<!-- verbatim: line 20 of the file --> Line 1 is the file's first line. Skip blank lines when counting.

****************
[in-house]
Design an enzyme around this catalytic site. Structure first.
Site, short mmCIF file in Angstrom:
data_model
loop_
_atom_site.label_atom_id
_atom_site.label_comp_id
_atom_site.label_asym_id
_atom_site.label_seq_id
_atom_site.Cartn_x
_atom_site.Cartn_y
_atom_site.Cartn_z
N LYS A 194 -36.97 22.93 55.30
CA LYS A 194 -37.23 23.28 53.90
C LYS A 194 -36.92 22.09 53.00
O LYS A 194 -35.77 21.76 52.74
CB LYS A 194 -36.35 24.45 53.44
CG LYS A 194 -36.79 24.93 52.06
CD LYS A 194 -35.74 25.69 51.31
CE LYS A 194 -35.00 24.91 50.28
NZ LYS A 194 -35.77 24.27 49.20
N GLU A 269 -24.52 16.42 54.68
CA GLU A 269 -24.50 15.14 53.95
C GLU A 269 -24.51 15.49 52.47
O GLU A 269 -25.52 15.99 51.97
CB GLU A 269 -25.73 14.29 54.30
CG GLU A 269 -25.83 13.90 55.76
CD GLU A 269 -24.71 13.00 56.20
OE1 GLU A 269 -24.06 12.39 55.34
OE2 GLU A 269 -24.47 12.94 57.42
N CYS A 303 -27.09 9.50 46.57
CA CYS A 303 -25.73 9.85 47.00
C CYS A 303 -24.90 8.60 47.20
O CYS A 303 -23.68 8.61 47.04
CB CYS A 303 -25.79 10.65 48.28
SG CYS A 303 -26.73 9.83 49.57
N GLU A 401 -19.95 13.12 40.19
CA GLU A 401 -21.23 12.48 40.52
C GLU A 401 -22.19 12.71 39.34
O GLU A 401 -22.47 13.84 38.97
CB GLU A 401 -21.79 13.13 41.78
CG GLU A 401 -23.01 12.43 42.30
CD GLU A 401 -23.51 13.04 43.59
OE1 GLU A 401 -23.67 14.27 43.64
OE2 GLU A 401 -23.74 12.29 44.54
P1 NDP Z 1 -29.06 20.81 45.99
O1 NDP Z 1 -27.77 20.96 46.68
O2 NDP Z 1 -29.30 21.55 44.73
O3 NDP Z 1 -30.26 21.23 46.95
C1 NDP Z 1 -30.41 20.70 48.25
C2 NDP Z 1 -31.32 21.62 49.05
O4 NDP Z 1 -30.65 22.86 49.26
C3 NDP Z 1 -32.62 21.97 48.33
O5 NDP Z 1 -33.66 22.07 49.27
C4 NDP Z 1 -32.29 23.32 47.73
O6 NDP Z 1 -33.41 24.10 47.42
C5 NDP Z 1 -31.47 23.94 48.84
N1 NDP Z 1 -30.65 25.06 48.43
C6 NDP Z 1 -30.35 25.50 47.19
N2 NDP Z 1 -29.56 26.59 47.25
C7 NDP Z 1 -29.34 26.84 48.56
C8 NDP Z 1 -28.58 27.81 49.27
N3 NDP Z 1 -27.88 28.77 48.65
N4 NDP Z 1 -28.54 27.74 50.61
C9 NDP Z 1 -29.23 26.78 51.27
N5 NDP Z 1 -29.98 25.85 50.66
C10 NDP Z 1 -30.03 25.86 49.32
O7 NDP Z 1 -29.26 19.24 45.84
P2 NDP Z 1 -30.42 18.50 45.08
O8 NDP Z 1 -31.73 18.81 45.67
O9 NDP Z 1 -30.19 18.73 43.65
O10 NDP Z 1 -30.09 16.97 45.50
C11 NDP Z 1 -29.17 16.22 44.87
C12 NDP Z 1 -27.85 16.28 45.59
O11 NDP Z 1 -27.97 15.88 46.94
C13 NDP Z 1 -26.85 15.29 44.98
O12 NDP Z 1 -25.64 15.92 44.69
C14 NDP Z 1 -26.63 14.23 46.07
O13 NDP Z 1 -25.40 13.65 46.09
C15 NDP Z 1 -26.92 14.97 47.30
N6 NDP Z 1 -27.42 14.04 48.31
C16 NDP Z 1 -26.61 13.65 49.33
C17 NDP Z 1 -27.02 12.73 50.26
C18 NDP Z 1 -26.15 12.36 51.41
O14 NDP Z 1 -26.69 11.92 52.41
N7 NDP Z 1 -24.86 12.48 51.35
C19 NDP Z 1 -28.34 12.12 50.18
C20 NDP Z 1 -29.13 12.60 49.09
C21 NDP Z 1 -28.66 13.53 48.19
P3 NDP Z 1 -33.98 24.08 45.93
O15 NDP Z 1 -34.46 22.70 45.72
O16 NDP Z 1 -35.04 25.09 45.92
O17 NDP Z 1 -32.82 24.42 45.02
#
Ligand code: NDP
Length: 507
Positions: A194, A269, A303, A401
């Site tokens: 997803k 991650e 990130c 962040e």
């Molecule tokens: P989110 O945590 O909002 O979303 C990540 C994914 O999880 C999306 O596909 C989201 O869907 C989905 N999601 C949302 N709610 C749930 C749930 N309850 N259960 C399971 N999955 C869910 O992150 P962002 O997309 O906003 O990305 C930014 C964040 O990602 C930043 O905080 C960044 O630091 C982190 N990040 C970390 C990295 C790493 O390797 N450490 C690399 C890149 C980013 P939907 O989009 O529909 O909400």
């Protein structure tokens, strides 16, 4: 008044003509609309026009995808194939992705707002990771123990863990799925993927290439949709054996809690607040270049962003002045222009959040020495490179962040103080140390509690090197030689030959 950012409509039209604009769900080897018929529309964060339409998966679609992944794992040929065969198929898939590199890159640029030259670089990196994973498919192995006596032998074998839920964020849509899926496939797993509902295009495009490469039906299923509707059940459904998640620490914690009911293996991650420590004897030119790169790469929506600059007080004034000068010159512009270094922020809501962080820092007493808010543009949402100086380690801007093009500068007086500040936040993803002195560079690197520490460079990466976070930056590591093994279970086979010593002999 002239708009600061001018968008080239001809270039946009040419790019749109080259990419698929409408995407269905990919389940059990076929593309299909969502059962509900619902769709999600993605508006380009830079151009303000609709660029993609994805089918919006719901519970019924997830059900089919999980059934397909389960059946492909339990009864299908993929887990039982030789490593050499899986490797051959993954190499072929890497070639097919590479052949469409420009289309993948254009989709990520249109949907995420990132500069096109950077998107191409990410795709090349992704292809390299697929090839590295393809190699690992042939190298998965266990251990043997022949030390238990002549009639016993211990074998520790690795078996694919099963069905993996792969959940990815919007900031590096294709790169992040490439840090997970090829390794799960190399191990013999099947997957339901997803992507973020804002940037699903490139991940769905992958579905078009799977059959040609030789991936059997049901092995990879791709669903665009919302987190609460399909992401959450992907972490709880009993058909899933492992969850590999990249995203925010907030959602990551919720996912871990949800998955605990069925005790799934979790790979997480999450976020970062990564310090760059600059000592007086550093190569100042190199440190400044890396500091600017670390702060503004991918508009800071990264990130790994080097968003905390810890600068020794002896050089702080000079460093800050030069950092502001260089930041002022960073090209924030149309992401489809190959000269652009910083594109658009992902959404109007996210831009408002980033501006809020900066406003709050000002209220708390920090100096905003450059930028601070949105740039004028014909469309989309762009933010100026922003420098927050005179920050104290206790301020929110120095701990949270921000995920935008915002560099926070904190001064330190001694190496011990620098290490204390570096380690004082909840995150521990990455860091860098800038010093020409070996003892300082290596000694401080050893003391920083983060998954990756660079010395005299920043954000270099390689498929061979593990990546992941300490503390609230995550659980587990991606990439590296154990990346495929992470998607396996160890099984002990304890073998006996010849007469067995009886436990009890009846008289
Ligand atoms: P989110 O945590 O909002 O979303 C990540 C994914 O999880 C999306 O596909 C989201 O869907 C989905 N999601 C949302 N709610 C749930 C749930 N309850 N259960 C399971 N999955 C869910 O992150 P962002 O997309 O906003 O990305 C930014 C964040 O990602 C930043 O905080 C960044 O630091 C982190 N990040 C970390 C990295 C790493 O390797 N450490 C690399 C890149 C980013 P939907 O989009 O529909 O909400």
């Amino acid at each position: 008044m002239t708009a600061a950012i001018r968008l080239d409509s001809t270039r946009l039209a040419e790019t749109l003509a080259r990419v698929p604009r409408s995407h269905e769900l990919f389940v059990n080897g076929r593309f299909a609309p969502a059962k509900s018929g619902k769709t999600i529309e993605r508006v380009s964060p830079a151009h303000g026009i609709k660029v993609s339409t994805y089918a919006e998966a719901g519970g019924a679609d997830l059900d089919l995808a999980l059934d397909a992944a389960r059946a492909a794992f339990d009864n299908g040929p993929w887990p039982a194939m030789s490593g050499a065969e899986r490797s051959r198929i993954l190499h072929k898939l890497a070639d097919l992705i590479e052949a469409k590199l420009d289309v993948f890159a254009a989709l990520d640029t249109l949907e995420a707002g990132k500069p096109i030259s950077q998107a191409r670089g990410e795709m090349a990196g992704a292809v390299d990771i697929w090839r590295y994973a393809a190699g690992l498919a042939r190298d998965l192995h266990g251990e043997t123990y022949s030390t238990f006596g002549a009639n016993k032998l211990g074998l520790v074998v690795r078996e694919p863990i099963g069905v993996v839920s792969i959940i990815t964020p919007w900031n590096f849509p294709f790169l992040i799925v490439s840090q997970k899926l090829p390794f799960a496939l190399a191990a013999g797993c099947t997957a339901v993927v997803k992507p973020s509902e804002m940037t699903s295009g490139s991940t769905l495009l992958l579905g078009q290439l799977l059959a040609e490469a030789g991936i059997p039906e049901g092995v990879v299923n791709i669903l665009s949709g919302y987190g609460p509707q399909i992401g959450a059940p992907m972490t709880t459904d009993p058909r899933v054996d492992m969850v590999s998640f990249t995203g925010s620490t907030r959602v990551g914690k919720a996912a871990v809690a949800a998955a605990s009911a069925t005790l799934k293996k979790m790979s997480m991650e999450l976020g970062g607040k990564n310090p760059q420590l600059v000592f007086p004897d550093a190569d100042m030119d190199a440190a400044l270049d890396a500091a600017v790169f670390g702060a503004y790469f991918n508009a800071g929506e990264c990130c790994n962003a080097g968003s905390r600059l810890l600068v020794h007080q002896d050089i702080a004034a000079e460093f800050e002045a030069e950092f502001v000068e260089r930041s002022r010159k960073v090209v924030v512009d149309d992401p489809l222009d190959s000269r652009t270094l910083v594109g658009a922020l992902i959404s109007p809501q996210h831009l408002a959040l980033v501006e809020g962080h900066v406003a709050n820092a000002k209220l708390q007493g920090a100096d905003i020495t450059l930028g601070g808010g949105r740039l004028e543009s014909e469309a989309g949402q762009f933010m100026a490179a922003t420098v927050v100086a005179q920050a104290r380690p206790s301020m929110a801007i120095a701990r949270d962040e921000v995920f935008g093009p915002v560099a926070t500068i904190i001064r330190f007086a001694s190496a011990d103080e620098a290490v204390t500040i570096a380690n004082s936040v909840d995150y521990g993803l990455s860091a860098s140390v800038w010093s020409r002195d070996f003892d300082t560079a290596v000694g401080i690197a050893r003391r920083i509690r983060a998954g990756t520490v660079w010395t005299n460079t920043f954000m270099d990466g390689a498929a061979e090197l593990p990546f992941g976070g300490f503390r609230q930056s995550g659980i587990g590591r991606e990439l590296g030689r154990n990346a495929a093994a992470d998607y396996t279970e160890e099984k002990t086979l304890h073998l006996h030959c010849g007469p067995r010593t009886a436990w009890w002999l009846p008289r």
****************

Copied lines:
CE LYS A 194 -35.00 24.91 50.28